Monday, May 20, 2013
Wednesday, May 15, 2013
When you look at a person, any person, remember that everyone has a story. Everyone has gone through something that has changed them.
Every once in a while — often when we least expect it — we encounter someone more courageous, someone who choose to strive for that which (to us) seemed unrealistically unattainable, even elusive. And we marvel. We swoon. We gape. Often , we are in awe. I think we look at these people as lucky, when in fact, luck has nothing to do with it. It is really about the strength of their imagination; it is about how they constructed the possibilities for their Life. In short, unlike me, they didn’t determine what was impossible before it was even possible.
Fail Safe – Debbie Millman’s fantastic illustrated essay of timeless advice on courage and the creative life.
Sunday, May 12, 2013
The realization that life is absurd cannot be an end, but only a beginning. This is a truth nearly all great minds have taken as their starting point. It is not this discovery that is interesting, but the consequences and rules of action drawn from it.
Albert Camus (via splashedcolors)
Saturday, May 11, 2013
Is it strange to feel guilty when people compliment you and say that you’re a good person, but you’re extremely self aware and know you’re not? There’s a strange feeling of shame when people think you’re better than you are.
Thanks for putting this into words.
It hasn’t hit me that I’m going yet.
Sometimes I wonder if it was a good thing that my parents made me move so much when I was a kid, or that my suburban American life was completely uprooted in high school when I was shipped off to Shanghai, or that I’ve chosen to study in a field where most people just happen to be crossing paths, with no guarantee for any see-you-laters. Sometimes I convince myself these have been good character building experiences because, well, they have made it easy to say goodbye. Practice breeds familiarity, after all, and routine tends to be accompanied by very little emotion.
But sometimes I also miss the sentimentality of youth and inexperience. I miss the heartache and sadness that should accompany every parting and wonder how it is I have become so old, how it is I have come to accept that “such is life.” And it is usually when I find myself feeling so removed from it all that some trigger will set me off.
I hope that the friendships and relationships I have been blessed with this semester last. I think I’ve recently redefined for myself what friendship means. In my dictionary, friends were only those I could trust on a very deep, emotional, and personal level. But the world is so, unfathomably, big. I’m starting to realize that a friend is anyone you can pass time with, enjoying their company and knowing that should you ever be in the same city, you will have a place on their couch and a cup of tea from their stove.
I’m really going to miss my life here. Inshallah I’ll see this country again, or at least the people I’ve met in it.
I’m not going to censor myself to comfort your ignorance.
Jon Stewart (via omydays)
Wednesday, May 8, 2013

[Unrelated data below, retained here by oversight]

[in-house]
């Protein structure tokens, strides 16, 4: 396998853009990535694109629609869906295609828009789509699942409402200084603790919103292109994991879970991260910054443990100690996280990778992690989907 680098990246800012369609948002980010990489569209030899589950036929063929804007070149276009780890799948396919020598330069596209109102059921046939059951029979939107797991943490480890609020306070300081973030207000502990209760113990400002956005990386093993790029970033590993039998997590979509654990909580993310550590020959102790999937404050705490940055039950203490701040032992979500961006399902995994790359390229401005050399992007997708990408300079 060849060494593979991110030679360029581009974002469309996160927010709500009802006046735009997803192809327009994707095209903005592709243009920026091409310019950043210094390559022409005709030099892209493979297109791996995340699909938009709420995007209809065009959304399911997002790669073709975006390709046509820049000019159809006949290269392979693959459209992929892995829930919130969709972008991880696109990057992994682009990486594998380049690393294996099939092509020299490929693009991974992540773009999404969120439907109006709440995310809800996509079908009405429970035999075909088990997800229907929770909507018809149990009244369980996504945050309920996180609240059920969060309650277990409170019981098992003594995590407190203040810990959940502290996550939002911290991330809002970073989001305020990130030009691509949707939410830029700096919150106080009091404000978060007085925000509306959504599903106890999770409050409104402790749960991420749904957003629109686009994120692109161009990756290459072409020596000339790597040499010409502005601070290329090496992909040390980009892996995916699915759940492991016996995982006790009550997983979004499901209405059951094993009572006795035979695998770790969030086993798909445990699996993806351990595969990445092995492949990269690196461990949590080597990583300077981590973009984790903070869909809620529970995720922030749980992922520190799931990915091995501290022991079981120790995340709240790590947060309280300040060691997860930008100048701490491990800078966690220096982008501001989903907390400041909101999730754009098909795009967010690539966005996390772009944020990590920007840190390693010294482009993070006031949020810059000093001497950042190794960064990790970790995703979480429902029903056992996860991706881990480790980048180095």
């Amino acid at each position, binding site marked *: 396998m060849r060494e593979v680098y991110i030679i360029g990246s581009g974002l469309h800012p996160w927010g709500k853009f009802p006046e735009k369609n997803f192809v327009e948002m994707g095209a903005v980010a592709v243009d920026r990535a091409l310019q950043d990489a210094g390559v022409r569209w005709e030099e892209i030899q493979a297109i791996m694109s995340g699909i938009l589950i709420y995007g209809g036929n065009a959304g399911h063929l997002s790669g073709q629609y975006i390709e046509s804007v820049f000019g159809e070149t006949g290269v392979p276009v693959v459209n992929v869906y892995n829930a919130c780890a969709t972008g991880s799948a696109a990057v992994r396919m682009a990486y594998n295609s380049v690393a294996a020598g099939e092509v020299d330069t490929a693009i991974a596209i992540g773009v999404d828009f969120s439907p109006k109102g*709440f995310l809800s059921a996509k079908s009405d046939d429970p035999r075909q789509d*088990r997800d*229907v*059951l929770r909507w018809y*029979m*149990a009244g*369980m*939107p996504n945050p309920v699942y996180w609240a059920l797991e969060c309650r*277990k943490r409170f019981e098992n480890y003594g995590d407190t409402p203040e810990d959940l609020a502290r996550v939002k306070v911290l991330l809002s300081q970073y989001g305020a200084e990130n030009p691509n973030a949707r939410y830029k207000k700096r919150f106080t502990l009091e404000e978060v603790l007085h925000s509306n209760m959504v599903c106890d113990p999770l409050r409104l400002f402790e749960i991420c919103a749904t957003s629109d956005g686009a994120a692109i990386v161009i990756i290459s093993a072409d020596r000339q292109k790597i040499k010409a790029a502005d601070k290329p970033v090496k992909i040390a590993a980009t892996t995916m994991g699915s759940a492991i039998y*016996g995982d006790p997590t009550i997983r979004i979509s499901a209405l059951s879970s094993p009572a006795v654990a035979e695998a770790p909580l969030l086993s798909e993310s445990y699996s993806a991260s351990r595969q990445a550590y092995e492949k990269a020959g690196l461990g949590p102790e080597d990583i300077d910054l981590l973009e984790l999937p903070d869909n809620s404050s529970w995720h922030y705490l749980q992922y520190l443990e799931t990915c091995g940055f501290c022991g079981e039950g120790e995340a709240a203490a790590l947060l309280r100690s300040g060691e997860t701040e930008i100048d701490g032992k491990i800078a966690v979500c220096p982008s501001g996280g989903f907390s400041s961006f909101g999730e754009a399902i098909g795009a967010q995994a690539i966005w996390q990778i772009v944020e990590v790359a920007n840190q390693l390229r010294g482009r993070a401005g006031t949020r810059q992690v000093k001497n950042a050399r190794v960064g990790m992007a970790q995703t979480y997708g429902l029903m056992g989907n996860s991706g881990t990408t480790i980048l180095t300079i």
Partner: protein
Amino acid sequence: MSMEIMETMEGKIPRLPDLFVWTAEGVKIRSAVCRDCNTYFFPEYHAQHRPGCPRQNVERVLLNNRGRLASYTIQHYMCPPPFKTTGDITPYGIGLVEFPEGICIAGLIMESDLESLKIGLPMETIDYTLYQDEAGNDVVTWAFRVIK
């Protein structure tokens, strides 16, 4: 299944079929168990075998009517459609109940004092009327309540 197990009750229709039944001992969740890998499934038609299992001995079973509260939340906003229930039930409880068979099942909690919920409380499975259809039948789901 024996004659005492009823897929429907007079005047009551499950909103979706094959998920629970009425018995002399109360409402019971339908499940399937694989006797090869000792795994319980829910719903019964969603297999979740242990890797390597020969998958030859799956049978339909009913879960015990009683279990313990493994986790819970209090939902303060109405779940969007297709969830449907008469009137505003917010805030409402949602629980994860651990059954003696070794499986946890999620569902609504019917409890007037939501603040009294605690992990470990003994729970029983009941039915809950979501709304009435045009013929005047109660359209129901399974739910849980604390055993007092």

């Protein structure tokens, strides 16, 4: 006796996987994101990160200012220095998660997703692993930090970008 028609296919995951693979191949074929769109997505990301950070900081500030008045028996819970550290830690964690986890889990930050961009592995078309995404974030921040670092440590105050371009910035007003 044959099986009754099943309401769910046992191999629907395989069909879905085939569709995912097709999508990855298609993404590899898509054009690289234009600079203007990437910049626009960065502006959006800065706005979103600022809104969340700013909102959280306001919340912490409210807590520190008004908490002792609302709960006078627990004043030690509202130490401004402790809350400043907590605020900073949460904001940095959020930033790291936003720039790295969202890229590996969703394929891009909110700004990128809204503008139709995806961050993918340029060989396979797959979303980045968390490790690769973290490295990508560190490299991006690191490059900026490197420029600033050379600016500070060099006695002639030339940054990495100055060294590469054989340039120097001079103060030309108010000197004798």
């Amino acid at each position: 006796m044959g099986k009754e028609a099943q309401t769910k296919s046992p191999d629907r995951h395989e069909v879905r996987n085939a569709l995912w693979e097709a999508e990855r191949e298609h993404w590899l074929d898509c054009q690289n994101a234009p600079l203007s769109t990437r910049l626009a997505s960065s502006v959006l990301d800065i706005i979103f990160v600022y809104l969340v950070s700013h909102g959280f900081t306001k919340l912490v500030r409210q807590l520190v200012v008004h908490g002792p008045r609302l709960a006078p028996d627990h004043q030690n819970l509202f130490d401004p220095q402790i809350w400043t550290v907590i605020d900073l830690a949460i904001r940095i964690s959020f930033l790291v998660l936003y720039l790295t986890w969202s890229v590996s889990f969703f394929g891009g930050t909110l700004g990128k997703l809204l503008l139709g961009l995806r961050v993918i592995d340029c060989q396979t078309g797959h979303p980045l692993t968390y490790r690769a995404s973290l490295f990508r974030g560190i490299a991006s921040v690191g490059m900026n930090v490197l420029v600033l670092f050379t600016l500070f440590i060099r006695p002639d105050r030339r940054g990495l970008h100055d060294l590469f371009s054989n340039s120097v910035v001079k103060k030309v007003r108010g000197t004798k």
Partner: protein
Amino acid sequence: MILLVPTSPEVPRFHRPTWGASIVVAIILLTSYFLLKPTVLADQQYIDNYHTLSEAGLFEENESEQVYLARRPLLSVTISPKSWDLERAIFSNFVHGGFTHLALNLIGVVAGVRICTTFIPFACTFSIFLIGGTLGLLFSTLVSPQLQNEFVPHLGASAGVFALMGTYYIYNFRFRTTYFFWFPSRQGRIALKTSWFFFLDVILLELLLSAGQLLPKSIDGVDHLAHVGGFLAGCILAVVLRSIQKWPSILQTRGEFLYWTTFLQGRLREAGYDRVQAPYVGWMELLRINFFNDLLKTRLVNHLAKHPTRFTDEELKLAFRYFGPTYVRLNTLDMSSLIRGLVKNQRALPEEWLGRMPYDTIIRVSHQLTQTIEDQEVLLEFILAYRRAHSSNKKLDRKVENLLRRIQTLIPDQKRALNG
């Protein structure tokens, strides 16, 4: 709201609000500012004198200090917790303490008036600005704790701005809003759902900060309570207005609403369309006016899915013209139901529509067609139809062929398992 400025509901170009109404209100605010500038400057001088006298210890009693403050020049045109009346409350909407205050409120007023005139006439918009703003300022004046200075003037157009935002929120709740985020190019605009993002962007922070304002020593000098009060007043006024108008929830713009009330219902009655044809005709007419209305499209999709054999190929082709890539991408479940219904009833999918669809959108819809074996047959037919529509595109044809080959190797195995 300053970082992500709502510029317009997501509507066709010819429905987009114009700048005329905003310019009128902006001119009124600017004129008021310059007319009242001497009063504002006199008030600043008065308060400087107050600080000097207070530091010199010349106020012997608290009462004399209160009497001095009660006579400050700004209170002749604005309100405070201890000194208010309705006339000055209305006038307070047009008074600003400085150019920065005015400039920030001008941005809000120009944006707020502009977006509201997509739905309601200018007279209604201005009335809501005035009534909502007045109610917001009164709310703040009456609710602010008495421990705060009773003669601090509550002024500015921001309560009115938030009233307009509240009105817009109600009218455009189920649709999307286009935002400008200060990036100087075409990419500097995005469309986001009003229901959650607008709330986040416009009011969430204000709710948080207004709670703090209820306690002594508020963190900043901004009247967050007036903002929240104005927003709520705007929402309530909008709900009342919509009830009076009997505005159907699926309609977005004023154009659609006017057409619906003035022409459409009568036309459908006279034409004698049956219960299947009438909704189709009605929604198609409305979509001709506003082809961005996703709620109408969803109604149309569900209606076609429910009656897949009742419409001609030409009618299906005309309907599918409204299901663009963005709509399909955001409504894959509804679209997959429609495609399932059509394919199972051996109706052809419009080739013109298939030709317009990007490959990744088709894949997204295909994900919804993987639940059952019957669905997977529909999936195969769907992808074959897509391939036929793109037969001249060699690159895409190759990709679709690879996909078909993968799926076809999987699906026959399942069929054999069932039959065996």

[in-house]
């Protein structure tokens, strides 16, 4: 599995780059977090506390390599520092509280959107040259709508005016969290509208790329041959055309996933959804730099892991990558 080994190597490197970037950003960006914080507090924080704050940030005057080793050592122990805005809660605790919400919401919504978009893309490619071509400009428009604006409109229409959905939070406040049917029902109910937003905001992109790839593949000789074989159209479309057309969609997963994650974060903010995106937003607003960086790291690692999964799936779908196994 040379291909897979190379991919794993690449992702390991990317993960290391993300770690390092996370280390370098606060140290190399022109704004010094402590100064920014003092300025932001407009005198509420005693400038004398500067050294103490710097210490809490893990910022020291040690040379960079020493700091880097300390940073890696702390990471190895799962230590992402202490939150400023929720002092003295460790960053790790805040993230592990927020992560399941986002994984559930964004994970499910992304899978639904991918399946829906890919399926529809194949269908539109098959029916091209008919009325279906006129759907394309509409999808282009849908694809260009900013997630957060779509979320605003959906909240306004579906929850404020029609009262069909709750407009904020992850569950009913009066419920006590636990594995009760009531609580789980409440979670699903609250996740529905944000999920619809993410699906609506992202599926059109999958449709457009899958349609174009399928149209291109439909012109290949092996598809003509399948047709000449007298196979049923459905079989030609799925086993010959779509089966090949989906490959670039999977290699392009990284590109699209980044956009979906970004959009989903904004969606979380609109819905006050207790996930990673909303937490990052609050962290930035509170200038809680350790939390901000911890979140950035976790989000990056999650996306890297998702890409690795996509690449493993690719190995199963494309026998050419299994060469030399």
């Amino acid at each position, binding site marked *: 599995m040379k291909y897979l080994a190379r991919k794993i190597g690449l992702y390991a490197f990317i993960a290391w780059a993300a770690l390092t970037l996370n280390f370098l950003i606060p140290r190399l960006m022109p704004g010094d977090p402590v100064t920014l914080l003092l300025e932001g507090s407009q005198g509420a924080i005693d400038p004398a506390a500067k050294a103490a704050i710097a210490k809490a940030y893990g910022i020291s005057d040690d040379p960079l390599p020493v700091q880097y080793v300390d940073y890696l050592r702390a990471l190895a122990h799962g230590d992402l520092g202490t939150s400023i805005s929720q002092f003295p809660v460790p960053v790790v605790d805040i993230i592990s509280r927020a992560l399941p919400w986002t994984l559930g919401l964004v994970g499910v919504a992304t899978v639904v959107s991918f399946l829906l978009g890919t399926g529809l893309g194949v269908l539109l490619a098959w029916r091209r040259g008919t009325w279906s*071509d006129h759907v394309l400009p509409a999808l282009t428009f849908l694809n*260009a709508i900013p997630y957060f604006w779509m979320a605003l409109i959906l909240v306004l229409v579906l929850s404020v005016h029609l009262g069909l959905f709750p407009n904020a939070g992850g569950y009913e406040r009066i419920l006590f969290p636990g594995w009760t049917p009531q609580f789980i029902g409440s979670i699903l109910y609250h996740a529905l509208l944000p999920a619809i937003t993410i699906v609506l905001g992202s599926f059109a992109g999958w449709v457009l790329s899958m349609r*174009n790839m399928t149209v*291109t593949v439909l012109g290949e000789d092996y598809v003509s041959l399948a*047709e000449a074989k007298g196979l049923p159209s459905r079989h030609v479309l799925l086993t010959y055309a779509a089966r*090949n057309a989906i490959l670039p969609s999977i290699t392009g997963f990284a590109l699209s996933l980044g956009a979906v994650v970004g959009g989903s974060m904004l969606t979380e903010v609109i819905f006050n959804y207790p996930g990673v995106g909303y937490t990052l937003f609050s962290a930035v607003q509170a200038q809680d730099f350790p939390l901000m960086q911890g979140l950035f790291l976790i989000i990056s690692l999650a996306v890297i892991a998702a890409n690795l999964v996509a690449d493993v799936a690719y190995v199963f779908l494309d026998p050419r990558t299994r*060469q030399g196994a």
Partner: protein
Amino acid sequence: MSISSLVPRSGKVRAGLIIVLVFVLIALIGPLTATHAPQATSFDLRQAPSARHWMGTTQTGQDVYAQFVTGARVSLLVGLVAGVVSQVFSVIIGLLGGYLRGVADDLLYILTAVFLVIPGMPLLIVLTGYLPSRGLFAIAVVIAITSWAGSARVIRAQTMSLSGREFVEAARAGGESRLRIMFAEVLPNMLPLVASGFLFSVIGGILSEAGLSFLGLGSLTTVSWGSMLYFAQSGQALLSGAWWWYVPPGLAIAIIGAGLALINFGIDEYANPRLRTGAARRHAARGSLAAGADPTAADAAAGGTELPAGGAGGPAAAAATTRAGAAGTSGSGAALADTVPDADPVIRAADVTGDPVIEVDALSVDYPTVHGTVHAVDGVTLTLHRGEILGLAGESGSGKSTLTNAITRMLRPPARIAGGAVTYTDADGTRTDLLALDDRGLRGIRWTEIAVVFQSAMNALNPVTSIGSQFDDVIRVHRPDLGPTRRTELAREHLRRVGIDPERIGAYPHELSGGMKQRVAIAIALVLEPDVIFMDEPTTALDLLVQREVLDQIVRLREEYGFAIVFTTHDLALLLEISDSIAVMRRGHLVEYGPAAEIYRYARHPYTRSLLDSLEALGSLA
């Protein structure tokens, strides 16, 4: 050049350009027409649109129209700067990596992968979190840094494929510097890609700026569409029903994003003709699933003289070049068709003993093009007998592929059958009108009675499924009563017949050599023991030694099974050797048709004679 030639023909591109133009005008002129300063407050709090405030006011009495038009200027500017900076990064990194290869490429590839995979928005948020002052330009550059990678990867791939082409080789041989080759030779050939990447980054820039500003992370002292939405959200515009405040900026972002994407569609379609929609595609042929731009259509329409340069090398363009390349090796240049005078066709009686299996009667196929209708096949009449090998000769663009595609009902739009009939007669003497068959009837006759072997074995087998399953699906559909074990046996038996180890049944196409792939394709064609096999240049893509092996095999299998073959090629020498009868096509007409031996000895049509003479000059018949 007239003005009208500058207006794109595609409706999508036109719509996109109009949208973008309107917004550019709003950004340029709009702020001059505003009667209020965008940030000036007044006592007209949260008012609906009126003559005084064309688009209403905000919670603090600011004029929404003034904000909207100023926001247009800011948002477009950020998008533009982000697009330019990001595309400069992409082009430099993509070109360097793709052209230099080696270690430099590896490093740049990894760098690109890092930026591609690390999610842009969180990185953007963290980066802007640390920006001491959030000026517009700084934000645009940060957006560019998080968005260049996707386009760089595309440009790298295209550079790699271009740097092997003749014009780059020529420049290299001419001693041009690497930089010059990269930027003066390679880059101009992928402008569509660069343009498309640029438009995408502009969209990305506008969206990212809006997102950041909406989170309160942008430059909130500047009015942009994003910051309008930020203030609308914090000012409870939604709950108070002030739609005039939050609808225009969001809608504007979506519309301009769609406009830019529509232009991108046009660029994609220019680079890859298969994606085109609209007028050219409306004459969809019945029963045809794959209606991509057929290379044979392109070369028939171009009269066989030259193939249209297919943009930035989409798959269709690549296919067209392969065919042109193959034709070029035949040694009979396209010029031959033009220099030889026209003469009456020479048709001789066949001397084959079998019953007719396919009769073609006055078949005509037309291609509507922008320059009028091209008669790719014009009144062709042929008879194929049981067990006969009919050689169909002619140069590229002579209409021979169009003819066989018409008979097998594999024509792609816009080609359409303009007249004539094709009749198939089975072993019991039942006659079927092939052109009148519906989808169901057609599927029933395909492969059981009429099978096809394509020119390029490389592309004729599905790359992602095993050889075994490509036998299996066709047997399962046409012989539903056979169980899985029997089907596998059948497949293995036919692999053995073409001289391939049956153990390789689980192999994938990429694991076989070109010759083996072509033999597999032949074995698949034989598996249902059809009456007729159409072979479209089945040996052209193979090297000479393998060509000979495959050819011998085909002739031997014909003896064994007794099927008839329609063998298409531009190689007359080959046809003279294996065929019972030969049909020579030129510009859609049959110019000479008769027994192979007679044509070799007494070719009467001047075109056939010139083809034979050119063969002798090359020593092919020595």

Exactly twenty years after Andrew Sullivan’s seminal essay “The Politics of Homosexuality,” Minnesota state representative Tim Faust (D) delivers an absolutely extraordinary, stirring speech on marriage equality, leading the Minnesota House to pass the same-sex marriage bill with a vote of 79:59.
Well, I have to start by admitting that not too long ago, I probably would have voted ‘no’ on this bill, but in the past there have been a couple things that changed my mind on this… . The question that keeps going through my mind over and over again is, “Do we, as a society, have the right to impose our religious beliefs on somebody else?” A right that I have taken for granted, and most of the people in this room have taken for granted, since the day we realized what the opposite sex is. That is a right I have taken for granted for a long time, and yet some people, because of others’ religious beliefs, do not have that right.
Last summer, I got married. And, before that, I had dated a woman for four years. And she was a wonderful woman, and I realized, after four years, that I could’ve married her and I would’ve been happily married to her for the rest of my life. But I also realized I could be happy without her. And I decided, after four years, that I wasn’t going to marry somebody I could live with — if I got married again, it was going to be to somebody I could not live without. And so we broke up.
And in a few months, I met my wife. And it didn’t take me very long to realize this was somebody I could not live without. And how lucky I am, how lucky we are. And yet, in this state, there are people that feel that way about each other, that cannot live without that other person, that feel the same way they do about each other that I feel about my wife — and yet, because of religious beliefs of other people, they do not have the right that I have taken for granted since the day I realized what the opposite sex was.
↬ The Dish
Sunday, May 5, 2013
After nearly two days straight of self-imprisonment due to finals, I appealed to my friend via Facebook for some news of the outside world - as a joke, obviously. His response served as a bright, bright 2-second reprieve from this madness:
tell me what the outside world is like…
Its a cold dark depressing place. Instead of the soft warming light of your light bulbs you instead have the dreary depression of inadequate street lamps and brief (and night vision killing) flashes of passing cars.
Rather than the friendly comfort of your roommate you have shabab and creepy old men.
Also loud construction.
Having perfected our disguise, we spend our lives searching for someone we don’t fool.
Robert Brault (via lunaoki)